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‘They’re born to get breastfed’- how fathers view breastfeeding: a mixed method study


Hansen, E and Tesch, L and Ayton, J, They're born to get breastfed'- how fathers view breastfeeding: a mixed method study, Bmc Pregnancy, Childbirth and Neonatal Care, 18 Article 238. ISSN 1471-2393 (2018) [Refereed Article]


Copyright Statement

Copyright 2018 The Authors. Licensed under Creative Commons Attribution 4.0 International (CC BY 4.0)

DOI: doi:10.1186/s12884-018-1827-9


Background: Fathers’ attitudes and actions can positively or negatively affect mothers’ intentions to breastfeed, breastfeeding duration and exclusivity. In-depth information about fathers’ perspectives on breastfeeding are largely absent in the literature about infant feeding. The objective of this research was to investigate how fathers view breastfeeding.

Methods: This mixed method study recruited Tasmanian fathers with children < 24 months of age. Fathers completed a questionnaire and participated in either semi structured one-on-one or group interviews. Transcripts were analysed using a process of iterative thematic analysis.

Results: Twenty-six fathers participated in the study. They had a mean age of 34 years and just over half were first time fathers. A total of 13 fathers lived in areas classified by SEIFA as disadvantaged. Twenty-one reported they had decided as a couple to breastfeed their current child. Fathers’ views on breastfeeding are complex, multilayered and change over time: as babies get older, as fathers get more familiar with feeding babies, when feeding practices change and when family circumstances change. Four thematic categories related to how fathers view breastfeeding were identified; Breastfeeding as healthy and natural, the value of breast feeding and breastmilk, a pragmatic approach to breastfeeding and Breastfeeding as something achieved or imposed.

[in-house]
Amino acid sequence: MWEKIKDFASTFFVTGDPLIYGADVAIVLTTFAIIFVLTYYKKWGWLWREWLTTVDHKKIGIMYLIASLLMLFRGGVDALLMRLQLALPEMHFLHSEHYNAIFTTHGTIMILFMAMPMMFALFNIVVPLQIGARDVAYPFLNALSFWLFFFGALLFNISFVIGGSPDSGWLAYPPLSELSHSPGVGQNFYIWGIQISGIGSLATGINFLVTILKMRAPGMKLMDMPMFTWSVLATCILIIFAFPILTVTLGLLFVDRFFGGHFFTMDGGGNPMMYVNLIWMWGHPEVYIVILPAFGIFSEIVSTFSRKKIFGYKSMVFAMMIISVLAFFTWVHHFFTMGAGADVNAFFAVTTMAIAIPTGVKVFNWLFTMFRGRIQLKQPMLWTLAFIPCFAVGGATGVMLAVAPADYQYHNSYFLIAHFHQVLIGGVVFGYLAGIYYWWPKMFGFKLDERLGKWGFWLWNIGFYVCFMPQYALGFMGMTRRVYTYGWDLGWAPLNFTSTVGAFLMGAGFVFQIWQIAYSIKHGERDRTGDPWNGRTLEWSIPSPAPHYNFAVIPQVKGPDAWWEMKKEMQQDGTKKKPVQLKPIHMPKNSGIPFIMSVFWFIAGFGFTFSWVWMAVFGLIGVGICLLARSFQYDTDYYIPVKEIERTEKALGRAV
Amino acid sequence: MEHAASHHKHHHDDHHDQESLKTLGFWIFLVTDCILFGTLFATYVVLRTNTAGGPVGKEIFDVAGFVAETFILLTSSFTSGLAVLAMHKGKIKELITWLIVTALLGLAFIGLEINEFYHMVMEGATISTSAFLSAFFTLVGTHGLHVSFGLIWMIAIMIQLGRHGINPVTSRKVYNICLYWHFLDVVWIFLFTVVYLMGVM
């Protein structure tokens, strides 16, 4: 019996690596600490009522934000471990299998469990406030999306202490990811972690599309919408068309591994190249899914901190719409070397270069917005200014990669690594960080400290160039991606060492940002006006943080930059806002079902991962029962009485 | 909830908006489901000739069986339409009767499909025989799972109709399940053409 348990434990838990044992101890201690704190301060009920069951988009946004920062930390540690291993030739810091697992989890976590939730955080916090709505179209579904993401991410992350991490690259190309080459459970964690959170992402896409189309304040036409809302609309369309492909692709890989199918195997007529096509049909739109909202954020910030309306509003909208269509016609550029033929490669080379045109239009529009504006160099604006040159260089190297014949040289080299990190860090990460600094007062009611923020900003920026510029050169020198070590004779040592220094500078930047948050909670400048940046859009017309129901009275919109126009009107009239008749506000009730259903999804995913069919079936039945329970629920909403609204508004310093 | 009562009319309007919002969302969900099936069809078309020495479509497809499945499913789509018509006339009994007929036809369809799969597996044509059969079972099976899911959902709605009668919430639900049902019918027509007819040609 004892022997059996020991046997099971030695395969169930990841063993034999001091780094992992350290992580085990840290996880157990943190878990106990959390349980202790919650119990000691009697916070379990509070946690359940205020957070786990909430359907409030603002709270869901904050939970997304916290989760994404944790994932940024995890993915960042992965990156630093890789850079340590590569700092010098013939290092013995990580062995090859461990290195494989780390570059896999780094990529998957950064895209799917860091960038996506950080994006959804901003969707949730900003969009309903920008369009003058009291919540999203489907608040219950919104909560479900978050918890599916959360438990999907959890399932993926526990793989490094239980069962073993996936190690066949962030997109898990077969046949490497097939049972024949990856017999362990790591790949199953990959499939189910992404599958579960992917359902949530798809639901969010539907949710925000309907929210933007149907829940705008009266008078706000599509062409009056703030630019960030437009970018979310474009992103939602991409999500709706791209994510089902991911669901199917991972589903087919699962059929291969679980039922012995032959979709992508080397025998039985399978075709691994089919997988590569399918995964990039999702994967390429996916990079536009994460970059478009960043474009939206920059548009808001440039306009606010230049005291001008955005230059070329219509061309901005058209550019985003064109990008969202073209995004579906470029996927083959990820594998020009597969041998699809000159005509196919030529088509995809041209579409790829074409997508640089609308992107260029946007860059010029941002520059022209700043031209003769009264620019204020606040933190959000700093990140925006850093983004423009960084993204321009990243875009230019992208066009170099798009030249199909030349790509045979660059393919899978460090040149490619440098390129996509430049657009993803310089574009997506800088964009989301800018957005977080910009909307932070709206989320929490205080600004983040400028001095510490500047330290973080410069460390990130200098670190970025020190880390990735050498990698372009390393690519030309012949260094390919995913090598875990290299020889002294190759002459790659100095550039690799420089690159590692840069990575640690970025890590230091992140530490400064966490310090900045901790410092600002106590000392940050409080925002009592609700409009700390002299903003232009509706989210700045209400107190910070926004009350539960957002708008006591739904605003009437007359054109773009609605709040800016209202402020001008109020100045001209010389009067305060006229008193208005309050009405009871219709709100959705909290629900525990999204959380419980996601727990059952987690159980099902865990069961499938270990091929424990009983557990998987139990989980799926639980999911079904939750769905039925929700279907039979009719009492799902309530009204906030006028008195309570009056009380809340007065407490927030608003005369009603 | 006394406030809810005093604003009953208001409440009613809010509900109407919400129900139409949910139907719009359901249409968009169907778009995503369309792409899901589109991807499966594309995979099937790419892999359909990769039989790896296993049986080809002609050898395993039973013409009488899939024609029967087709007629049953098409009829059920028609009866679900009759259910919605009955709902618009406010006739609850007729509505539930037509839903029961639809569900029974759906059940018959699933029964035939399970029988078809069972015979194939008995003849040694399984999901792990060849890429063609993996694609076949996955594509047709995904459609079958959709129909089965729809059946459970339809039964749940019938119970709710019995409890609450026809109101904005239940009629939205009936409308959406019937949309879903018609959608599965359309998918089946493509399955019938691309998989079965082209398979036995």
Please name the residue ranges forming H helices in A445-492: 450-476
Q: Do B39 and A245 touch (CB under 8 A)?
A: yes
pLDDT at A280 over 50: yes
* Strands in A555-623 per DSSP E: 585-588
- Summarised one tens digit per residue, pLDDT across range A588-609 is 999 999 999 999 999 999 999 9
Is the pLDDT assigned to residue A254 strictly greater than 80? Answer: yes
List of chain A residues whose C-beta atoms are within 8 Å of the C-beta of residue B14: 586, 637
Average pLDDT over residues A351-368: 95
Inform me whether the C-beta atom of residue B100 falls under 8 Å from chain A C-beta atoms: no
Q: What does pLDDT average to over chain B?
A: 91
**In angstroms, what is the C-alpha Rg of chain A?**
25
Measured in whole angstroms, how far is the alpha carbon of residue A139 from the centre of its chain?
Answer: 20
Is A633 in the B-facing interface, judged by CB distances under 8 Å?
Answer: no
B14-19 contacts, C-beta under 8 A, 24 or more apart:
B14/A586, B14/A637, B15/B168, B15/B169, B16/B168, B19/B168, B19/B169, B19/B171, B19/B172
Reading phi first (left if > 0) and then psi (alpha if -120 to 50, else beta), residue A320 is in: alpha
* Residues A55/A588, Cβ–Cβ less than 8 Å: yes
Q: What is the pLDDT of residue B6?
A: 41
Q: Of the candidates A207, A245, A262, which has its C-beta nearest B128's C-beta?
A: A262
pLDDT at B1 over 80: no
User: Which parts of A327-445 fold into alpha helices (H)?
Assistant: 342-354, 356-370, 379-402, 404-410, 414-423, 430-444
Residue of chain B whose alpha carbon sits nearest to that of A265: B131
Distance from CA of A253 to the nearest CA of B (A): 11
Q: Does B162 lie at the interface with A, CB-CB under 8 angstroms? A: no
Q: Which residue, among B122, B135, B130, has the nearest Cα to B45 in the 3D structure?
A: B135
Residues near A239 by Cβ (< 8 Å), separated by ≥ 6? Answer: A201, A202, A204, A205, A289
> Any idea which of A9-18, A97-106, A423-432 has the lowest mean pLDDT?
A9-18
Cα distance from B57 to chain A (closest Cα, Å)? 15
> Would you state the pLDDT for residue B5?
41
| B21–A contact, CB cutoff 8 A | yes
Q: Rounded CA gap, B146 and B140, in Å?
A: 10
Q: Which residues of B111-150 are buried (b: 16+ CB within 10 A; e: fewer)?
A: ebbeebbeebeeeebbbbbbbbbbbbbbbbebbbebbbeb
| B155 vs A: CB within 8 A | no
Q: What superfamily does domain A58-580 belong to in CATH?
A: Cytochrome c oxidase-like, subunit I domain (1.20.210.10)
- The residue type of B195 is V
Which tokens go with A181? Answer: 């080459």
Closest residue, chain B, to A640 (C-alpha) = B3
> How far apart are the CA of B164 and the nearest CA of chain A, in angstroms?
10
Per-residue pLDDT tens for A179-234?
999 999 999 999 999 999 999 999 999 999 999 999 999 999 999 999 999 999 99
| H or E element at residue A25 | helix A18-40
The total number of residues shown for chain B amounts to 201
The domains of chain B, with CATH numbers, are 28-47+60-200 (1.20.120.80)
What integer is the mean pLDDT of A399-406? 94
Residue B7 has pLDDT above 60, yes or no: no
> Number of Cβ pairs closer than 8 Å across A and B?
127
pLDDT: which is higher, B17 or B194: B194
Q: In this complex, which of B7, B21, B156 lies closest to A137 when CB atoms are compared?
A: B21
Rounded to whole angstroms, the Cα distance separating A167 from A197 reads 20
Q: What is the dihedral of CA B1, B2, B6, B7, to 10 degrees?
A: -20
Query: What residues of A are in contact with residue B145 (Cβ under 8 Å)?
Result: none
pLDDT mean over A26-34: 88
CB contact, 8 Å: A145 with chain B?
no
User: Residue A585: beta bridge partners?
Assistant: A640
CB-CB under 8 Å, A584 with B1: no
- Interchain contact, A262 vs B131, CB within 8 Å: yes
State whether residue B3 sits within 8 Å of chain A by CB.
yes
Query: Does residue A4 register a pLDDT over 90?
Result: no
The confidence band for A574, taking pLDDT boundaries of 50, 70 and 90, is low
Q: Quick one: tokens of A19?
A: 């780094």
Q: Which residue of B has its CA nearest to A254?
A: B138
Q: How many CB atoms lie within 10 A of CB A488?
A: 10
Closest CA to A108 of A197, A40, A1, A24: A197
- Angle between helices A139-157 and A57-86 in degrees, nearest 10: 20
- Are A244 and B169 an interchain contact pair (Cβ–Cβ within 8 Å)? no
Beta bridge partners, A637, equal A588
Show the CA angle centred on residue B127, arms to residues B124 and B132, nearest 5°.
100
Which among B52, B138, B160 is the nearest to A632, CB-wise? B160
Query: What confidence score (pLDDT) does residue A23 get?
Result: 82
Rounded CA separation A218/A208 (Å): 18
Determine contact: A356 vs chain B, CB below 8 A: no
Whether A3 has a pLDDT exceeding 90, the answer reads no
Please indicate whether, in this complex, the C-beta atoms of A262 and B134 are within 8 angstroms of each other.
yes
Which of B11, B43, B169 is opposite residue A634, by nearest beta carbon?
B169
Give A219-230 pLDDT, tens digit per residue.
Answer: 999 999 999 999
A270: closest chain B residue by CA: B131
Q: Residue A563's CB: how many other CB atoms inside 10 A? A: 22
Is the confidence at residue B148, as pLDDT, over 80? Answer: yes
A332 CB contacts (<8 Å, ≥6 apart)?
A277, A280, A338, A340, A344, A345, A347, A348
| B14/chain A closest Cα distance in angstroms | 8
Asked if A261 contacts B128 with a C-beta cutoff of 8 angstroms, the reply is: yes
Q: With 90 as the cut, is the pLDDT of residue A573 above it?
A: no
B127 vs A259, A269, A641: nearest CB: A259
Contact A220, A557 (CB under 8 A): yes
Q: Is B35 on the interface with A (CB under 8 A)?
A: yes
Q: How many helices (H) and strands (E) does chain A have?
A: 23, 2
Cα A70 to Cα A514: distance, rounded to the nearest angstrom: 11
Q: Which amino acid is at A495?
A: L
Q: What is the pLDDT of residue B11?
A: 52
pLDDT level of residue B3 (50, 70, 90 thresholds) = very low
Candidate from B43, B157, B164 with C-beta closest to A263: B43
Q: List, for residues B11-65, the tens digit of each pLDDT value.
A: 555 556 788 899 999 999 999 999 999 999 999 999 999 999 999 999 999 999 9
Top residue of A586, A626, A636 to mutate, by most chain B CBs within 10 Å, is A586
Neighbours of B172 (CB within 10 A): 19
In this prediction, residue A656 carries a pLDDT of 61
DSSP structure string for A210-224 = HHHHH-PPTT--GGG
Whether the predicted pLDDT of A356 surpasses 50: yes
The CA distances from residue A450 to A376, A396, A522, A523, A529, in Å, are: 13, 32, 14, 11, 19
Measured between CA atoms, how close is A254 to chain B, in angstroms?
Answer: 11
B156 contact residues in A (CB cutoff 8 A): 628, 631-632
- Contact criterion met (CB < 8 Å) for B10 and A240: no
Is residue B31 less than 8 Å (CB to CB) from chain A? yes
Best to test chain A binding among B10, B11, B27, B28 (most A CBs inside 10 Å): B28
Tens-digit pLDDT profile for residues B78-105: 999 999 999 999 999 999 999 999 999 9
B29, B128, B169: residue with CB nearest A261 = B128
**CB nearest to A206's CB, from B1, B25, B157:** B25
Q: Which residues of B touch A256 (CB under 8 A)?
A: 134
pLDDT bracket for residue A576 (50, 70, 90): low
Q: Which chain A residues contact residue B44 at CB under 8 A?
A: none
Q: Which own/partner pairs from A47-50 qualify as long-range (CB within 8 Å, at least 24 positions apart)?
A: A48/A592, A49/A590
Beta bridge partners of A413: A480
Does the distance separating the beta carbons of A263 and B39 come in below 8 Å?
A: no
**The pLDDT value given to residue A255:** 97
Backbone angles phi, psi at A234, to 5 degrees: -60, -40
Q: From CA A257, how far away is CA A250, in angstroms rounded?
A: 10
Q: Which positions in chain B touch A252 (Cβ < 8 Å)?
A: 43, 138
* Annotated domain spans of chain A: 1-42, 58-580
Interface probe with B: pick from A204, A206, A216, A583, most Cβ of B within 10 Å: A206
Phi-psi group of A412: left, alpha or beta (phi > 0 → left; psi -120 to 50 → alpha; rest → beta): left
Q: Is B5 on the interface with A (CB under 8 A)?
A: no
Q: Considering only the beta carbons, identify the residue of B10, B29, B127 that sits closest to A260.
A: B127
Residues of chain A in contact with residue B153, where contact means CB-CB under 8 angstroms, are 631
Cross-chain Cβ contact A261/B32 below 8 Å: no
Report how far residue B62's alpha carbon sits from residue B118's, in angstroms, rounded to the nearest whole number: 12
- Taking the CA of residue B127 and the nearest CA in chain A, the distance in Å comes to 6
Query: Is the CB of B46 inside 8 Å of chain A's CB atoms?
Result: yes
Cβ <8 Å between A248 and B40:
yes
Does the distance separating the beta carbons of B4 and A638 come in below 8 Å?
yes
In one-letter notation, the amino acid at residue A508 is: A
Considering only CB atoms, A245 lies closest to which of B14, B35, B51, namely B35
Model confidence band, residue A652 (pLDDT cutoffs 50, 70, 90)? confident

Conclusion: Fathers in our study valued breastfeeding and saw it as healthy and natural for babies. However, many of the fathers in our study had seen their partners struggle with breastfeeding. As a result some also viewed breastfeeding as a potentially harmful practice for mothers. Their accounts demonstrated that breastfeeding problems affect families, not just mothers and infants. There is scope for improvement in the care of women during and after birth to reduce breastfeeding problems and for fathers to learn more about breastfeeding prior to the birth of their child.

Item Details

Item Type:Refereed Article
Keywords:fathers, breastfeeding, Australia, qualitative
Research Division:Human Society
Research Group:Sociology
Research Field:Sociology of health
Objective Division:Health
Objective Group:Public health (excl. specific population health)
Objective Field:Behaviour and health
UTAS Author:Hansen, E (Dr Emily Hansen)
UTAS Author:Tesch, L (Ms Leigh Tesch)
UTAS Author:Ayton, J (Dr Jennifer Ayton)
ID Code:128387
Year Published:2018
Web of Science® Times Cited:15
Deposited By:Office of the School of Social Sciences
Deposited On:2018-09-18
Last Modified:2018-12-03
Downloads:85 View Download Statistics

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